November 2nd, 2013
Namecoin was patched and the security flaw was nullified. More details are available at

There is an unregulated domain name system (DNS), Namecoin, that works on a decentralized, distributed network of computers. This system works apart from any organization and is maintained by a host of computers processing the networks transactions, like P2P file sharing but for domain names. The primary domain on the Namecoin system is .bit. Recently, a flaw has been uncovered that compromises the entire security of the DNS function. Namecoin is still traded as a cryptocurrency on popular exchanges, but the thing that really set it apart has been nullified.

This has widespread consequences, with over 100,000 .bit TLDs registered, Namecoin has been lauded as the most innovative of all the cryptocurrencies, though underimplimented. The formative purpose of Namecoin was to create a decentralized ledger of keypairs and keyvalues, securing them in the distributed Namecoin network.

“Libcoin”, real world name Michael Gronager is the CEO of Payward Inc and one of the developers behind the new Cryptocurrency exchange, Kraken. Libcoin was auditing the Namecoin protocol in an effort to make sure it was secure enough of an asset to trade.

“At Kraken, we give all assets we include thorough scrutiny – we don’t want to trade in an asset where its value could disappear overnight. So it was in the process of checking Namecoin and enabling libcoin to also support Namecoin that I found the issues.”

The issues were with parts of the protocol that enforced the rules and structure of .bit domain ownership. Allowing the priveledges of the registration system to give crafty users the ability to override the domain name registry protocol was the first huge flaw noticed. Then Libcoin noticed that through exploitation of that bug a person could potentially take any .bit address, registered or not, for their own. Effectively, that security flaw ruined the innovative DNS system that had been the largest draw to Namecoin. At its inception, Namecoin was designed to keep DNS out of the hands of powerful governments or corporations. Wikileaks has a registered Namecoin TLD, wikileaks.bit.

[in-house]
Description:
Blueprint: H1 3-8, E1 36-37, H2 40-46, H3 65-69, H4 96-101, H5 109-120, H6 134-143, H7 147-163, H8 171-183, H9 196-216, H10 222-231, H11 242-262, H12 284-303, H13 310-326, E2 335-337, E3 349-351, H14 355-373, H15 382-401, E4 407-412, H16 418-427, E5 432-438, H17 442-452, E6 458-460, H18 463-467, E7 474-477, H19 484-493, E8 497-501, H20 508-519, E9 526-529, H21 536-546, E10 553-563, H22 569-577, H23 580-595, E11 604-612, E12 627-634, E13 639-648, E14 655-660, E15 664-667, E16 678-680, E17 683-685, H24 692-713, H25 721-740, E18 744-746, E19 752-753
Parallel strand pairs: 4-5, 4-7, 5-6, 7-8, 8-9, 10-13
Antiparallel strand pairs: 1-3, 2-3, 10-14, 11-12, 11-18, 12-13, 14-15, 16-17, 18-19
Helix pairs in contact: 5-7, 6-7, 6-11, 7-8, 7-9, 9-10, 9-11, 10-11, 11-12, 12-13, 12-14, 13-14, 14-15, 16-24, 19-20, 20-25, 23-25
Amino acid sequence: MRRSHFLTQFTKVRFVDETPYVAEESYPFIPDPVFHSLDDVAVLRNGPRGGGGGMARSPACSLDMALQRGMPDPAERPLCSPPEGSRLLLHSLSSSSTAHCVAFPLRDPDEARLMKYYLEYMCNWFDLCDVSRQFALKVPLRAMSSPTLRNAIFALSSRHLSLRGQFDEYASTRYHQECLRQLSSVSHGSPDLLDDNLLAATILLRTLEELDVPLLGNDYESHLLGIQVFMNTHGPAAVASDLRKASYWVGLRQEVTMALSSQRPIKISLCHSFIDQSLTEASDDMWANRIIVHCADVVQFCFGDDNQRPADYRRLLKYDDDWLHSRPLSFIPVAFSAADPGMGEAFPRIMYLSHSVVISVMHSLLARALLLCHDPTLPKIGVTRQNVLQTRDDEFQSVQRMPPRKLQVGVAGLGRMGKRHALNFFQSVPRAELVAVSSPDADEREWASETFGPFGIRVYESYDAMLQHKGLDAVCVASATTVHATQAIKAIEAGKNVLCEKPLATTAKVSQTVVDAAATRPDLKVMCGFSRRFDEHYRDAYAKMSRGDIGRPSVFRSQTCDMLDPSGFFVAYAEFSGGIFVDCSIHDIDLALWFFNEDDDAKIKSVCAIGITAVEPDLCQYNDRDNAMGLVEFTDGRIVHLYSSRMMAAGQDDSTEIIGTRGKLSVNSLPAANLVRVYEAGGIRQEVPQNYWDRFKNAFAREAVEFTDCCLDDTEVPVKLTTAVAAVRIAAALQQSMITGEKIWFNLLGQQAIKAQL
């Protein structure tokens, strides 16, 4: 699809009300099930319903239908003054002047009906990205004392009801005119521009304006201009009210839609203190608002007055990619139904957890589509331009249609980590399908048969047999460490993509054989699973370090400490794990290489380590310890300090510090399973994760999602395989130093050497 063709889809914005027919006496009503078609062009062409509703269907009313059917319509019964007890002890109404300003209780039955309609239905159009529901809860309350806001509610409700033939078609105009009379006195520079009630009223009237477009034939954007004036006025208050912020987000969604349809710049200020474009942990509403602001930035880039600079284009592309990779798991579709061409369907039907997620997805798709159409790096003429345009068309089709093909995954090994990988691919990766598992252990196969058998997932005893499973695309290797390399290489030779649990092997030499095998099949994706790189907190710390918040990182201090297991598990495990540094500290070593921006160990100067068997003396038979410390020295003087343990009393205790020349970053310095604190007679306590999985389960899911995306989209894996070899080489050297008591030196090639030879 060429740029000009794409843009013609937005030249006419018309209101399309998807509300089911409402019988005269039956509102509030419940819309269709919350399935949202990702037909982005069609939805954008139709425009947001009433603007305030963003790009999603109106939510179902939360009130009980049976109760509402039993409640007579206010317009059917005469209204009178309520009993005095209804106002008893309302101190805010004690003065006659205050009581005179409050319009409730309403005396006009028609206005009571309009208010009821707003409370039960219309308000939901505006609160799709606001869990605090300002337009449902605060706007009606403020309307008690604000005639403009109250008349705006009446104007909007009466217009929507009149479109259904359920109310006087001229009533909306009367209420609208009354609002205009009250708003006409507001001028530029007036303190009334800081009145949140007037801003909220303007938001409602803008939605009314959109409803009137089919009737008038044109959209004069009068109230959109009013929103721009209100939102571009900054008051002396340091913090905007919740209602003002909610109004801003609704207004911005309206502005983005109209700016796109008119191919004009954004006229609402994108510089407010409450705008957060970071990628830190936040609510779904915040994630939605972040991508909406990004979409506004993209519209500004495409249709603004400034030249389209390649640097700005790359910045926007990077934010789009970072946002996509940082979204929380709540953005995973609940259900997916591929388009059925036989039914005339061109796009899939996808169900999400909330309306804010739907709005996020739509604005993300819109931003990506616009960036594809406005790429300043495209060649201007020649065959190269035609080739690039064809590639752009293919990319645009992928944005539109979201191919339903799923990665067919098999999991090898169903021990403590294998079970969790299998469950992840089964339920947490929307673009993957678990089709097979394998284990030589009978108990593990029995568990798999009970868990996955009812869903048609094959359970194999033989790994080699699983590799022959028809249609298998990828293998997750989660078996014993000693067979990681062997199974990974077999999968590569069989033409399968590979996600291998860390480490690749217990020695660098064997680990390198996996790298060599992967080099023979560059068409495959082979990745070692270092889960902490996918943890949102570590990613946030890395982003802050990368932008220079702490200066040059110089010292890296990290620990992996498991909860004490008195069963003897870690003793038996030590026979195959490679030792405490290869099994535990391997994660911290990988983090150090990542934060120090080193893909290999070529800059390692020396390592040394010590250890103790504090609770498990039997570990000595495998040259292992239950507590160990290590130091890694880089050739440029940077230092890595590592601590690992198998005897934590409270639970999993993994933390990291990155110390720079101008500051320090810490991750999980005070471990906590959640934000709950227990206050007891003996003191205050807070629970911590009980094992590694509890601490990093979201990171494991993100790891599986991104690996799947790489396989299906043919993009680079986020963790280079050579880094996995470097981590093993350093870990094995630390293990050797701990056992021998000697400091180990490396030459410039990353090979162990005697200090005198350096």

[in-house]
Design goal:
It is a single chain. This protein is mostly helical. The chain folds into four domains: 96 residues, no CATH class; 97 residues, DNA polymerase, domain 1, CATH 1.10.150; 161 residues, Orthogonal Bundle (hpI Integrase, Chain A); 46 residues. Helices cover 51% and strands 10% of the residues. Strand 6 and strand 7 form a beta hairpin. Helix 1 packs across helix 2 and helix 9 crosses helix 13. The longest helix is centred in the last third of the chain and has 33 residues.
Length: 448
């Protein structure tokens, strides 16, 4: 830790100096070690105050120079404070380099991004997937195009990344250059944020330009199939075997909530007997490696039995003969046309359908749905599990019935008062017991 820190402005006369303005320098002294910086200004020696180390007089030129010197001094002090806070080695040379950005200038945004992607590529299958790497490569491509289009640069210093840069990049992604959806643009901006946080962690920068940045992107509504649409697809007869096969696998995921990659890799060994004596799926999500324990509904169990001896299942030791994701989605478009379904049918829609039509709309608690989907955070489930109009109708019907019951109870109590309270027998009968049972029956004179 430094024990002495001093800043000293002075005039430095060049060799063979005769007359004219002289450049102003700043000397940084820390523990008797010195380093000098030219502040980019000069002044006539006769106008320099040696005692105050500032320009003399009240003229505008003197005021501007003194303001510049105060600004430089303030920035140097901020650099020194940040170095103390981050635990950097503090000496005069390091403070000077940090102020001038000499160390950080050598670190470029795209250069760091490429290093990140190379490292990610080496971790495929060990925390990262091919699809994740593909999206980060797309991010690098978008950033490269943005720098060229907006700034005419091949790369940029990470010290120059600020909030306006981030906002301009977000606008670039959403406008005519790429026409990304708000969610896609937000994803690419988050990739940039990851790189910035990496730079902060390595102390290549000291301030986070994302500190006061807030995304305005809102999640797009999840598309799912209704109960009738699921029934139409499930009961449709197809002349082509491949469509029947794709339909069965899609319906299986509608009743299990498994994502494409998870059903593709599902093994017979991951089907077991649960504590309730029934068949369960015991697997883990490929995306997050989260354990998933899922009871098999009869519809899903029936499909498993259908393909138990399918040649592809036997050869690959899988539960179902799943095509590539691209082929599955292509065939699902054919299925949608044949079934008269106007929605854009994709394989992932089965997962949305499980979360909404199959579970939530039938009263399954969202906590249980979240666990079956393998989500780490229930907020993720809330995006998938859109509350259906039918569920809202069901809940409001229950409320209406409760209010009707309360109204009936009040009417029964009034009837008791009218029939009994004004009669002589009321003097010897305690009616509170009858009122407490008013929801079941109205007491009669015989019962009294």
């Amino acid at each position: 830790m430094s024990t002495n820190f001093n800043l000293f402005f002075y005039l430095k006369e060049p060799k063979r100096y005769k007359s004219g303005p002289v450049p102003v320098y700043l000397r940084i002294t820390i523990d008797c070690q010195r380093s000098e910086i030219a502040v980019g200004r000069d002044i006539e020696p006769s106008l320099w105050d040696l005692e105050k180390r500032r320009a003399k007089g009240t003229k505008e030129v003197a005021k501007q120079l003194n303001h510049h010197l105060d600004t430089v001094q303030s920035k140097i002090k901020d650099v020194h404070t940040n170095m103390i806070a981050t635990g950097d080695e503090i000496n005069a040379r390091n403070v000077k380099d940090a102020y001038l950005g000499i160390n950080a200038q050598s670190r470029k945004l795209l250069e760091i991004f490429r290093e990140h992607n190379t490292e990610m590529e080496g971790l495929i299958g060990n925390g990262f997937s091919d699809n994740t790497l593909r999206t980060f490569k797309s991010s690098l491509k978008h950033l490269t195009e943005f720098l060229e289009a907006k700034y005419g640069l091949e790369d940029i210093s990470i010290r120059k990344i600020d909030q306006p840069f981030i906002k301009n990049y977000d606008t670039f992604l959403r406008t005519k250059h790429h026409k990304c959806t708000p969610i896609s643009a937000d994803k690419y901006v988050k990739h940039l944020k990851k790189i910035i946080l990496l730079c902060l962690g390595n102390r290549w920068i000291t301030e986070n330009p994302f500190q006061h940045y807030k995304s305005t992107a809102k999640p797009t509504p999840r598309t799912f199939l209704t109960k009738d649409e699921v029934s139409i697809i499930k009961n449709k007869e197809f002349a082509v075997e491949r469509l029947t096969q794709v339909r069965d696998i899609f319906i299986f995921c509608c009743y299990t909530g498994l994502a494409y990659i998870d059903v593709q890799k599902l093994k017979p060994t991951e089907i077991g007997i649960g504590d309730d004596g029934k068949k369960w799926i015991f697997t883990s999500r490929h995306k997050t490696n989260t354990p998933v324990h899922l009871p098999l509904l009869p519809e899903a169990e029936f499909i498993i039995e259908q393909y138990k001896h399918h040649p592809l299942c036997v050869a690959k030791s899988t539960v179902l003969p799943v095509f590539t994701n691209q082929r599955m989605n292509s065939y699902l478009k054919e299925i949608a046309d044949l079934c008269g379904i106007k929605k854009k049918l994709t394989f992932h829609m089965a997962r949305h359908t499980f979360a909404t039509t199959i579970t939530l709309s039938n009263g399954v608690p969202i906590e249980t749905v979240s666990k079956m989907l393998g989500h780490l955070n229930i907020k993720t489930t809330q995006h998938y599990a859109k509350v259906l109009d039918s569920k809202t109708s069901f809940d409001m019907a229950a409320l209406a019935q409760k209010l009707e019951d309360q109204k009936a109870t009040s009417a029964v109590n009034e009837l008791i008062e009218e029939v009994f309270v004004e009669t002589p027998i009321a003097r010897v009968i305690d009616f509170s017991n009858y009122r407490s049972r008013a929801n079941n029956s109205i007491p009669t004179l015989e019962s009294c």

With the security of Namecoin’s future in question, Libcoin offered up the following solution to the flaw:

“You can base the consistency of the names on the first name reservation and then a cryptographically unbroken chain of transactions. So basically, the names in the name transaction becomes superfluous, except for the first name reservation. This is the new kind of check needed. I have added this to libcoin, which was easy as libcoin stores all its state in a relational database.
Namecoin, like the Bitcoin Satoshi client, uses a key-value database (BerkeleyDB) so it is a bit harder to patch, I have however sketched a full patch for the namecoin devs and they are working on it. Of course, one could restart Namecoin with rules properly enforced from the start, but I think the patch mentioned above is a more viable solution.”

So obviously there is work to be done, but it appears that Namecoin can be saved! We will be sure to keep you updated to any progress. Here’s to the future of Namecoin!